Those travelling to Europe or Scandinavia from the United States may find themselves having a layover in Iceland. If you do, you might find yourself with a few hours or a whole day in Reykjavik. One day in Reykjavik will not give you the ability to see all of Iceland, but it will give you time to explore some really neat places!
Iceland has become one of the most popular tourist destinations in the world and it is easy to see why. It has a unique history and has some of the most beautiful landscapes in the world.
From natural hot springs to majestic waterfalls, Iceland has enough bucket list items to keep you busy for weeks! But for those that only have one day, we have some ideas on what you can see during a short visit.
How to Spend One Day in Reykjavik
When you are short of time, consider taking a FREE Walking Tour of the downtown area. The tour occurs twice a day (12pm & 2pm) from the small green clock-tower on Laekjartorg Square, 7 days a week.
A local tour guide will take you around downtown and give you a broad view of the area along with a little humor. While it is free, you should plan on giving a tip at the end.
Checking out Reykjavik on your own is simple enough; just be sure to download this map of Reykjavik.
It will help you find your way through town easily while also giving you landmarks for the shops and restaurants you might want to check out.
Grab a Meal or Coffee at a local Restaurant
If you are hitting Reykjavik early and looking for an early morning breakfast, you will be hard pressed to find ANYTHING open. The exception is Bergsson Mathus that opens at 7am.
This quaint eatery has great coffee and a wonderful array of small plate choices.
I say small plates, but for me the servings were large and enough to really fill you up! Bergsson Mathus is right off Vonarstræti so while there you might as well take some time to walk around and check out some street art.
Check out Reykjavik Street Art
One of the huge places where you’ll find street art and some artsy shops are on Laugavegur.
Laugavegur (which means “Wash Road”) used to be the main path to the hot springs where many Icelanders would do their laundry.
Now, it is a place to purchase trendy clothes, jewelry and much more.
Enjoy the sculptures scattered throughout Reykjavik
One of the best places to find several in the same place is along the banks of Tjörnin (the central lake in the city). The above sculpture is the Monument to the Unknown Bureaucrat which can be found at the entrance to the City Hall. Yes, it does seem fitting.
Reykjavík’s main landmark is their Lutheran church, Hallgrímskirkja. It was designed by Guðjón Samúelsson who drew upon the Icelandic environment that surrounded him, the vision of lava as it cools into basalt rock.
In front of the church is a statue of Leif Eiríksson who was the first European to discover America.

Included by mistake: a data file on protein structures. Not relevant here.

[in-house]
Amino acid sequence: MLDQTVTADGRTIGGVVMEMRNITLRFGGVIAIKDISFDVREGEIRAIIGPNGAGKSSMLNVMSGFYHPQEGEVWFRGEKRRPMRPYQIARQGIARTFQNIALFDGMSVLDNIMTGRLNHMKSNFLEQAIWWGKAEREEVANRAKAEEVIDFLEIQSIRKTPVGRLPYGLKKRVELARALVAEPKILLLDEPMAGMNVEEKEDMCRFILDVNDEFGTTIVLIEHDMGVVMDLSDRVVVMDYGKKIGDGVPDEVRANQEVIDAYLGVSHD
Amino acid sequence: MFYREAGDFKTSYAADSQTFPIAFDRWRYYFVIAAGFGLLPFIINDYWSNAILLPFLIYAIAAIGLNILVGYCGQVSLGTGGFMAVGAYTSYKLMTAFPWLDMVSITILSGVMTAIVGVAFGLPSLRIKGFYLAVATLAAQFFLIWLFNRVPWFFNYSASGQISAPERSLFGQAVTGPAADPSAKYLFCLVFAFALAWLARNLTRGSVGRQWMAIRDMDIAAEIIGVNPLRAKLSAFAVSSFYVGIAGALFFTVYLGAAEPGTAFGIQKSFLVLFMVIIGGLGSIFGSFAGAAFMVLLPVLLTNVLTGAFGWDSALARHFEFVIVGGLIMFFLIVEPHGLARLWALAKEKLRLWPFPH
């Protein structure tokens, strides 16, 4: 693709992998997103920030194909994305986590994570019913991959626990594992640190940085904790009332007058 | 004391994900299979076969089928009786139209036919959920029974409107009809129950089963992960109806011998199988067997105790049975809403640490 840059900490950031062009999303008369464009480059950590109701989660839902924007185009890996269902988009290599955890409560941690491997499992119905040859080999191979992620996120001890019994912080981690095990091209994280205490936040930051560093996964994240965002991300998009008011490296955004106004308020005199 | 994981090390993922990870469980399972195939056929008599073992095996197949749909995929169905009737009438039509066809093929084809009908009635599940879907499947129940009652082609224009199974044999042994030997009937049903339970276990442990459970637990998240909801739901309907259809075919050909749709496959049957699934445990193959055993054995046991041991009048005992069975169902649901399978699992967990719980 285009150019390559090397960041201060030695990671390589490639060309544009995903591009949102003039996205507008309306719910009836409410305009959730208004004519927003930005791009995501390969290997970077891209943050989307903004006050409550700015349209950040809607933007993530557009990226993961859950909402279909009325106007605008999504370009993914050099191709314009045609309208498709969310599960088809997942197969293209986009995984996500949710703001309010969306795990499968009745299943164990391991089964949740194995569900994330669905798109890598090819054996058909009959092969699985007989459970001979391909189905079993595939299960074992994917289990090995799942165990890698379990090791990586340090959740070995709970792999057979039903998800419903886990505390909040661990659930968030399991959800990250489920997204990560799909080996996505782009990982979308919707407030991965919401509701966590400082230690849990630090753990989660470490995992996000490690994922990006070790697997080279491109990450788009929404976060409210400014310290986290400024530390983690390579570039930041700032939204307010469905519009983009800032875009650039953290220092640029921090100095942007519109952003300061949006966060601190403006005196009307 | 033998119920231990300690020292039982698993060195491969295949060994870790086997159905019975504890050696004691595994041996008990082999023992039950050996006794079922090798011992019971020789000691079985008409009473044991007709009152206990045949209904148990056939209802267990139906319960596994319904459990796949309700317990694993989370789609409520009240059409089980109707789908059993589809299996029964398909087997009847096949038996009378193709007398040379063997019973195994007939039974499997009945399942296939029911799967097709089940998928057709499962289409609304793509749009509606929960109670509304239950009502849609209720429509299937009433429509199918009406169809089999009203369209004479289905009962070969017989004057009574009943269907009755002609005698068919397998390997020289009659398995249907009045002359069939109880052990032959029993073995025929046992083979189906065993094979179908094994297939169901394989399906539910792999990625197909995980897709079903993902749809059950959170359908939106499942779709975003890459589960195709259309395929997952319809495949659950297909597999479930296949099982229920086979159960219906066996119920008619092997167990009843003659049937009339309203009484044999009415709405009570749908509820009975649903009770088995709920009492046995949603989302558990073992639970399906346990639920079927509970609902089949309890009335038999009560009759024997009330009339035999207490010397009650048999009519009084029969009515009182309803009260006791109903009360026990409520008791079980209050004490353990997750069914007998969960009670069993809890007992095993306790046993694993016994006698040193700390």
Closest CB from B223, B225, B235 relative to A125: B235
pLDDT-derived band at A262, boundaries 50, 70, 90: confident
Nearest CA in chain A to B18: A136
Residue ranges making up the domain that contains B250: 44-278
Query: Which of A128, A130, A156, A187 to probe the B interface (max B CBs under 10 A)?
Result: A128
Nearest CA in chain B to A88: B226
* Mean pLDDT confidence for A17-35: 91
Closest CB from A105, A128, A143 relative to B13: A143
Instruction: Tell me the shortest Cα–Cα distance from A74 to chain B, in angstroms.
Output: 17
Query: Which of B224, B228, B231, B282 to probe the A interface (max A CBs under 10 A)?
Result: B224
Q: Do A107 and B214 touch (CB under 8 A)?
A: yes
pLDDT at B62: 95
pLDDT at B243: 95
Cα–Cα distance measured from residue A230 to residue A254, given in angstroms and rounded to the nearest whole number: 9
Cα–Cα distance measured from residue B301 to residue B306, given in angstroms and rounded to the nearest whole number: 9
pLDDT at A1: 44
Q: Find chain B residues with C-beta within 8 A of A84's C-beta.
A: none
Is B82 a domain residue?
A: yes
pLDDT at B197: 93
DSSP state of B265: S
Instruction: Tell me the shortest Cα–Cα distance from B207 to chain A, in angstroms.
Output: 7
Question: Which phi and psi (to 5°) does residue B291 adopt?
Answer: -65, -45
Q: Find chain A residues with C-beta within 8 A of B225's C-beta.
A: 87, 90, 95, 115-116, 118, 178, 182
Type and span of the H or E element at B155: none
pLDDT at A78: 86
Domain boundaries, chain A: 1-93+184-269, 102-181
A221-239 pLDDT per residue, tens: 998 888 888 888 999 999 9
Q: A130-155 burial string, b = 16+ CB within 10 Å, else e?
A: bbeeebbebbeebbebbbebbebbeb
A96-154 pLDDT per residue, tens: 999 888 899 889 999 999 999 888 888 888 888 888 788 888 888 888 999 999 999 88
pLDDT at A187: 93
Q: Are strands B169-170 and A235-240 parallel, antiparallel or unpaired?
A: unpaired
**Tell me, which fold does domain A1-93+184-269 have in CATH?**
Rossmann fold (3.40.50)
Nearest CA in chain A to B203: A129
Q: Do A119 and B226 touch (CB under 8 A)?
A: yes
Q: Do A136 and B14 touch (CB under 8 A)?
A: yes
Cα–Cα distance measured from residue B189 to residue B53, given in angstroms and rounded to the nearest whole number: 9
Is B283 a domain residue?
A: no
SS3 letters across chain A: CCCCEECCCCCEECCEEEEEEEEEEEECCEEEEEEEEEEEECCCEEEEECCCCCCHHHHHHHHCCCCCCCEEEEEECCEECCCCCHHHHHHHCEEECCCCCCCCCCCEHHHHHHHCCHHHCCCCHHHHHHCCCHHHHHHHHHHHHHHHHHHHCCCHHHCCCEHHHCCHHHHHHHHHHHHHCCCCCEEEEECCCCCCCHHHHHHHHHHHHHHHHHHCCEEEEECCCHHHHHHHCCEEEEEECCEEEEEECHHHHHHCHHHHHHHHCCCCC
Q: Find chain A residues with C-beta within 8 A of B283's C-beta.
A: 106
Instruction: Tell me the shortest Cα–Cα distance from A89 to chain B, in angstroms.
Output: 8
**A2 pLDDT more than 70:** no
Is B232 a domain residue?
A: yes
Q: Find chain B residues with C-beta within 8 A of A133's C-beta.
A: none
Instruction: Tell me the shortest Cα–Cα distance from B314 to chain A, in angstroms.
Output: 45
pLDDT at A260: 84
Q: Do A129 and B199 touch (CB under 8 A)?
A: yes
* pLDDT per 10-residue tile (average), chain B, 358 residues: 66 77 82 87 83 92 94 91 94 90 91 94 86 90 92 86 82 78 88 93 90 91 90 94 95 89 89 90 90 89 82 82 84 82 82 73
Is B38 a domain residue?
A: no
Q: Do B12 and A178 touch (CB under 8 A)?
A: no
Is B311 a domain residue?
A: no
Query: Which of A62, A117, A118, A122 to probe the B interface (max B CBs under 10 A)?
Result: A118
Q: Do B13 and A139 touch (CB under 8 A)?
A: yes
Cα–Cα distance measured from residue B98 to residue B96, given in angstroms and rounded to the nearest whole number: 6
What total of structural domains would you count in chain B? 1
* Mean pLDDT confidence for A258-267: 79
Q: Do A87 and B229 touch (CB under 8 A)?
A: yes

The statue designed by Alexander Stirling Calder was a gift from the United States commemorating the 1,000th anniversary of the establishment of Iceland’s parliament at Þingvellir (930 AD).
Reykjavik has a few different museums you might be interested in exploring while in the city center. The most unique is the Settlement Exhibition.
The museum’s main exhibit is an excavation site that dates back to A.D. 930 and gives you a first hand glimpse into what it was like for the first settlers of the area.
Prices for Settlement Exhibition:
- ADULTS 1,650 ISK
- CHILDREN (0-17) Free admission
- SENIORS 67+ & DISABLED Free admission
- STUDENTS WITH STUDENT CARD 1,100 ISK
During most summer months, there are FREE guided tours.
A trip to Iceland isn’t complete without a trip to one of their several area Geothermal Pools. Unfortunately, you will need to drive about a hour or more outside of Reykjavik to get to them.
What else you need to Know about travelling to Iceland
Best time to go to Iceland
Summer months are definitely the best time to go to Iceland in my opinion. When you travel to Iceland between May and August, the sun is up for nearly 21 hours.
When you only have one day in Reykjavik, you will appreciate having so many hours of light because it allows you to see things you might not otherwise be able to in the winter months.
Driving in Iceland
Depending on how much time you have during your layover in Iceland, you may choose to rent a car. You will find that the rental car office is in close proximity to the airport and driving is very easy in Reykjavik. Those spending more time 2 or more days in Reykjavik will certainly want a car to get around.
The rental car agency may try to sell you their GPS system. While useful, we found it quite buggy. If you have access to Google Maps on your phone, you may find it easier to navigate.
Driving in Iceland is very easy. They drive on the right side of the road (just like in the States) and use lots of Roundabouts (like the UK). Roadways are clearly marked and speed is tightly enforced by a radar system. Whatever you do, don’t speed!
Public Transportation in Iceland
Don’t have a lot of time and just want to head into Reykjavik from the airport? You can use their public transportation system. Download this bus map and plan out what you are going to see in advance.
While there are Taxis in Iceland, there is no Uber.
There is also no rail service, so your choices are quite limited.
If you get the chance to spend one day in Reykjavik during a layover in Iceland, don’t waste your time in the airport! Get out & explore this city if time allows and immerse yourself in the culture.
Want to see the Golden Circle? You can do it in a day, but you won’t be able to do both Reykjavik and the Golden Circle fully. You really need to spend two days in Iceland to see both adequately.
Have you been to Iceland? What things do you enjoy doing in Reykjavik?